Saturday, January 5. 2019
I did not plan my workout well this morning. Disappointed myself by lack of planning and just winging it.
It was my second time for my new "mostly-weights" Saturday morning (which will now be my third mostly weights day in a week for a while in an effort to reach a new strength plateau to settle into). I had the list in my pocket, but it wasn't planned or timed properly so I didn't complete it in an hour and did not plan the weights correctly - too light. Sheesh, there were a lot of hulks/hunks there this morning, along with the regulars, the elderly, and the fit gals...
Continue reading "Plan your darn daily workouts: My bad, with an end note for guys only"
Thursday, January 3. 2019
The Maggie's Fitness for Life program includes both. Still, we tend to agree that calisthenics classes offer more bang for the buck (or for the time.)
The logic is that 50 minutes of intense calis (with maybe only 6-10-second breaks between routines) is a good heart stressor while also working on athleticism, balance, flexibility, light-weight endurance muscle work, and body-weight exercises. In addition, most calisthenics classes include specific HIIT routines like rowing sprints. Obviously, each person works at his or her own level.
Some thoughts about it here.
If you take three tough calisthenics classes weekly, do you need to do your own HIIT cardio? Maybe not, because calisthenics classes that keep your heart rate up are stressful cardio. It depends on how intensely you want to condition, and on how ambitious you are. What sorts of circuits do typical calisthenics classes include? Rowing sprints, kettlebell swings, pushups, jumping jacks, jump rope, heavy ropes, body weight squats, heavy ball throws, sandbag slams, floor and core work like planks and crunches, hand weights, stretches, etc etc. Fun stuff, never boring because the routines are only 30-60 seconds each.
We do like the idea of one "long, slow" cardio hour, like swimming, jogging, high-incline walking, stair machine, etc as a recovery day from a week's exertions with heavy weights and calisthenics. There is evidence that "active recovery" like that makes for more effective physical recovery than doing nothing. A 4-5-hour hill hike is a perfect recovery activity from demanding workouts.
With calisthenics, the less spare fat you carry, the better you will do and the more quickly you will move. To shed spare fat, cut the food volume and get rid of those carbs. (Our readers know what carbs are: fruit, juices, grains and grain products, beer, root vegetables, anything with sugar, etc.)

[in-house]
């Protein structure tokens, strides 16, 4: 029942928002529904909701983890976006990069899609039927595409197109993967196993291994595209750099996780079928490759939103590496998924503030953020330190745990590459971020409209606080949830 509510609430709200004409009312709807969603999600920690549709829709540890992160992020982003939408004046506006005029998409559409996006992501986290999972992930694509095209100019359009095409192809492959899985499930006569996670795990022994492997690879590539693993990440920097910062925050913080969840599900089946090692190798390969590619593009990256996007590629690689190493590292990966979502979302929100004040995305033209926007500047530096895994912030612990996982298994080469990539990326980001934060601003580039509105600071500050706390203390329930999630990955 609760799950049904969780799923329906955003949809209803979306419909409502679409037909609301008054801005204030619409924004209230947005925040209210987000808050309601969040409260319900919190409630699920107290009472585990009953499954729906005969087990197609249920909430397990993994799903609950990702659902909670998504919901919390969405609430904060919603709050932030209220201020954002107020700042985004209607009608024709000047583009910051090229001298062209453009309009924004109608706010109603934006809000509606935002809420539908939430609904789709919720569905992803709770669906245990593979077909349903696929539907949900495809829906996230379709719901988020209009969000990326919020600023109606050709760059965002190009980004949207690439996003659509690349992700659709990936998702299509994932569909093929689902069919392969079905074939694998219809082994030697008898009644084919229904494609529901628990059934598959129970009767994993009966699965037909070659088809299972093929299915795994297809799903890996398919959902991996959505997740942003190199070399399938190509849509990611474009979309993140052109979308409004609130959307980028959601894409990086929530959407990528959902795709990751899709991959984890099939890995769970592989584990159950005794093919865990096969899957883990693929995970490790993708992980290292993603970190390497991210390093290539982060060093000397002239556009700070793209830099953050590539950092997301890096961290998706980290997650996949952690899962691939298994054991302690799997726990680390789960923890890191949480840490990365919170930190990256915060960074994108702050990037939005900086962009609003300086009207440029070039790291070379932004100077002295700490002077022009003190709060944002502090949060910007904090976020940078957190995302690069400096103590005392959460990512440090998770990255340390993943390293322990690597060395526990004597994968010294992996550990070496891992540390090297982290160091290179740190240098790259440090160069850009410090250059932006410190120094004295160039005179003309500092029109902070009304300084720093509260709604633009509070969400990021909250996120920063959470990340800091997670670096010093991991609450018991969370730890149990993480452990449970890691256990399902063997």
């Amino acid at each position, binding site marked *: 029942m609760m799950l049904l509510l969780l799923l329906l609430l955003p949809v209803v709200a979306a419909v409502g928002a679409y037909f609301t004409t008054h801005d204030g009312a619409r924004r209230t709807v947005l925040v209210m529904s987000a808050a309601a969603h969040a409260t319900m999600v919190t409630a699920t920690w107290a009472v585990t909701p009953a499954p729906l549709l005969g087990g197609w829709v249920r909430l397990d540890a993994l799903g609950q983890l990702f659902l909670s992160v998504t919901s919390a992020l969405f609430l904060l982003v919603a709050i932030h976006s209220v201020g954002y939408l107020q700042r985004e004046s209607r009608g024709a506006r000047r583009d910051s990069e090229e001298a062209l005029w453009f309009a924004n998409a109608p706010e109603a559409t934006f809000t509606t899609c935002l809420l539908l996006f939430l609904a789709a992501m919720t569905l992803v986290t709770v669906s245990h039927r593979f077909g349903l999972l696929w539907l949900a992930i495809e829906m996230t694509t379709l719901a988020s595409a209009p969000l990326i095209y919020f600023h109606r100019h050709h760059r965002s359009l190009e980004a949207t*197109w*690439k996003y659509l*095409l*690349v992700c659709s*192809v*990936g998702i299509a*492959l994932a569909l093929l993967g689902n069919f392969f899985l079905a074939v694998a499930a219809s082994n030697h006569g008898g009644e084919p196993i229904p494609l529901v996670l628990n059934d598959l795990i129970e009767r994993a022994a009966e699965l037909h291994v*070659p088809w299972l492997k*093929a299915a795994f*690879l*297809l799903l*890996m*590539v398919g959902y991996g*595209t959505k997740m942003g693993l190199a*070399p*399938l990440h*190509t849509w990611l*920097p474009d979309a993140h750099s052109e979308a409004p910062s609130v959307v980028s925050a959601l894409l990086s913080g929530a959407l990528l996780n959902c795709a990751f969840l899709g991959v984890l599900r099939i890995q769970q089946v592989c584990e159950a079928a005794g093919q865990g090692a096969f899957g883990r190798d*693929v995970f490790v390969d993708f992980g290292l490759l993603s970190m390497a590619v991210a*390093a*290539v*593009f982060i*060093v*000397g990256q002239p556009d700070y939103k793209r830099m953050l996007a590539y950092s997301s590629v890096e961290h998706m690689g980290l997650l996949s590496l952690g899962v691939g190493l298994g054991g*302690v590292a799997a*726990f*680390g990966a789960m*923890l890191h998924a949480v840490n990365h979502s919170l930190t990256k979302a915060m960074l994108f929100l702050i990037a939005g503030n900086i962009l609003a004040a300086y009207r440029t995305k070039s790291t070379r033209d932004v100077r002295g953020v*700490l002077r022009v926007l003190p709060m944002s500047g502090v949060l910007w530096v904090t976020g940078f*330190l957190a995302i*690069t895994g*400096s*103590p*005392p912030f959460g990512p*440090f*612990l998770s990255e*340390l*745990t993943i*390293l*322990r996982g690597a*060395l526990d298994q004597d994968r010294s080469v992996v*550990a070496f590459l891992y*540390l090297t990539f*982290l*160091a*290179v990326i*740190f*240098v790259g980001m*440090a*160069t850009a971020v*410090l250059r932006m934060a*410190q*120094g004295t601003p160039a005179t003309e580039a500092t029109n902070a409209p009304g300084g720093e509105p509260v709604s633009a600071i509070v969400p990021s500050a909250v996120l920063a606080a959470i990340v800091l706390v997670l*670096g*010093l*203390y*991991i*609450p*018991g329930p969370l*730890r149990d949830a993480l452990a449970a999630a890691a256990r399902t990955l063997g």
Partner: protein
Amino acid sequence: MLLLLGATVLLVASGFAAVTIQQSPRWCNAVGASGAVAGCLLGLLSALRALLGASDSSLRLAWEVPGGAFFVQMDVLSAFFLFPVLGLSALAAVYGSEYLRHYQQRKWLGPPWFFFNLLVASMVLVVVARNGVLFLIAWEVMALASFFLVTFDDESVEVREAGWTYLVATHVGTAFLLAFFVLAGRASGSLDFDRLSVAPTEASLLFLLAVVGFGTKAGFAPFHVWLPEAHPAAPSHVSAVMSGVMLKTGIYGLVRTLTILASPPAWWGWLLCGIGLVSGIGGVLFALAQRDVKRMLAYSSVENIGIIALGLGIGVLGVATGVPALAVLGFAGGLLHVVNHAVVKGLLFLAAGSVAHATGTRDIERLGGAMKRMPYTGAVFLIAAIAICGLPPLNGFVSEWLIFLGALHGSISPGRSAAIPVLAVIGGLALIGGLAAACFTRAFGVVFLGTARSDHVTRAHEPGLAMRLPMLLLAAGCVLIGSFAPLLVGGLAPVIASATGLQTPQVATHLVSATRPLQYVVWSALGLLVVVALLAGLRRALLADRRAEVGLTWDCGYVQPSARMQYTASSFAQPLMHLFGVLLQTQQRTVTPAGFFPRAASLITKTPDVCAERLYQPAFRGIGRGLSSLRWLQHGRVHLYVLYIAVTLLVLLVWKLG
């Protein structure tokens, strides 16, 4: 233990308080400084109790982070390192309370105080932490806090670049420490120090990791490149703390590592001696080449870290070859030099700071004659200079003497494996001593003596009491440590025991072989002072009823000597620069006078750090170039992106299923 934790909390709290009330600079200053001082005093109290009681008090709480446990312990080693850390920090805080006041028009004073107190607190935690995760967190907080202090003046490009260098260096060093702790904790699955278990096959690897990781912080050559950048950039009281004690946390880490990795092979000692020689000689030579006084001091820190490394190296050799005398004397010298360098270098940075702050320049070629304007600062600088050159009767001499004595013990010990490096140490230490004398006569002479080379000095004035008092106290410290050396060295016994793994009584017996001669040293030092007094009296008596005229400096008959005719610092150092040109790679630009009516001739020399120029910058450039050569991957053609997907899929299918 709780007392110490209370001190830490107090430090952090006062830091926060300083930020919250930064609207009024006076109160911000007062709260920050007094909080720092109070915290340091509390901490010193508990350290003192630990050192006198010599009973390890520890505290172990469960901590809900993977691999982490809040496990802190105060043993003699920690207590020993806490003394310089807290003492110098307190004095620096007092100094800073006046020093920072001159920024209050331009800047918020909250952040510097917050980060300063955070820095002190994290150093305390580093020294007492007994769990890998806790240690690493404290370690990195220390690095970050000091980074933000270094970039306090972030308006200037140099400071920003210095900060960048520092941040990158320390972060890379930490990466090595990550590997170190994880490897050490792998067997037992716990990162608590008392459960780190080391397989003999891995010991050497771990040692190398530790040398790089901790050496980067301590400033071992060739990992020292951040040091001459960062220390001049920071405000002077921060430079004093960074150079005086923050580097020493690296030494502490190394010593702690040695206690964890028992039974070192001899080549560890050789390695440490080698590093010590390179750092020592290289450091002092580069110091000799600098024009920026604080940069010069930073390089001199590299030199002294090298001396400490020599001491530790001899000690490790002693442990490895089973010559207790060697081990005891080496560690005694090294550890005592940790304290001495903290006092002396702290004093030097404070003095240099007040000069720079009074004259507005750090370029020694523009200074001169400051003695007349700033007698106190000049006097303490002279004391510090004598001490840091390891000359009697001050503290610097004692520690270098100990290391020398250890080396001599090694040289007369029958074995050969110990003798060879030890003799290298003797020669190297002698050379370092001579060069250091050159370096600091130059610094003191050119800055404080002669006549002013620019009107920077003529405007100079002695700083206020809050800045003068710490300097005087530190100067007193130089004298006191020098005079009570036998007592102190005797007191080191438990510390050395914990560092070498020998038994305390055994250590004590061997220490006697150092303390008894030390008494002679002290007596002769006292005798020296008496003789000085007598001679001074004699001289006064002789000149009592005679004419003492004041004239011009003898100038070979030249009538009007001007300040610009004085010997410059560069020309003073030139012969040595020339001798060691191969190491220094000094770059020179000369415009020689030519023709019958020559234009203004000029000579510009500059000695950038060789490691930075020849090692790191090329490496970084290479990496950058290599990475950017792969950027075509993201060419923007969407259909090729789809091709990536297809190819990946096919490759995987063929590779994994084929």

Tuesday, January 1. 2019
How Muscles Age, and How Exercise Can Slow It. Researchers untangle the multifarious nature of muscle aging. So far, the only reliable treatment is exercise.
As we have often pointed out, resistance exercise addresses bone aging too.
Re comment, unfortunately it is orthopedic surgeons who deal with joint problems.
Monday, December 31. 2018
It's a typical time of year for people to change up their fitness program. The daily exercisers I know shift their programs around about every 3-4 months just to keep their bodies off balance. If it isn't stress, it ain't exercise.
For example, I've spent the past 3 months emphasizing my cardio endurance (while doing heavy wts only twice a week). I've seen some improvement in my running and stair machine work, but far from enough to reach my goals. Darn it, I get tired! I'd like my 25 year-old body back...
Anyway, time for a change so I will add a third weights day to replace one of my calisthenics/athleticism classes. I hate to do that because the classes are great fun and damn stressful, but I can switch back in 3 or 4 months.
What do I mean by "weights days"? Barbell or goblet squats, deads, dumbell rows or seated rows, bench. I can't do overhead presses due to a bum shoulder (which needs replacement but I don't want to go through the down time). Also, I do accessory efforts like curls, press-downs, pullups, dips, kettlebell lunges.
Because of time constraints (1 hr/day usually) I tend to do 3 sets of the accessories, and 5 sets of the basics. I usually do 50 jump ropes between sets as part of 90-second recovery. Don't ask me why.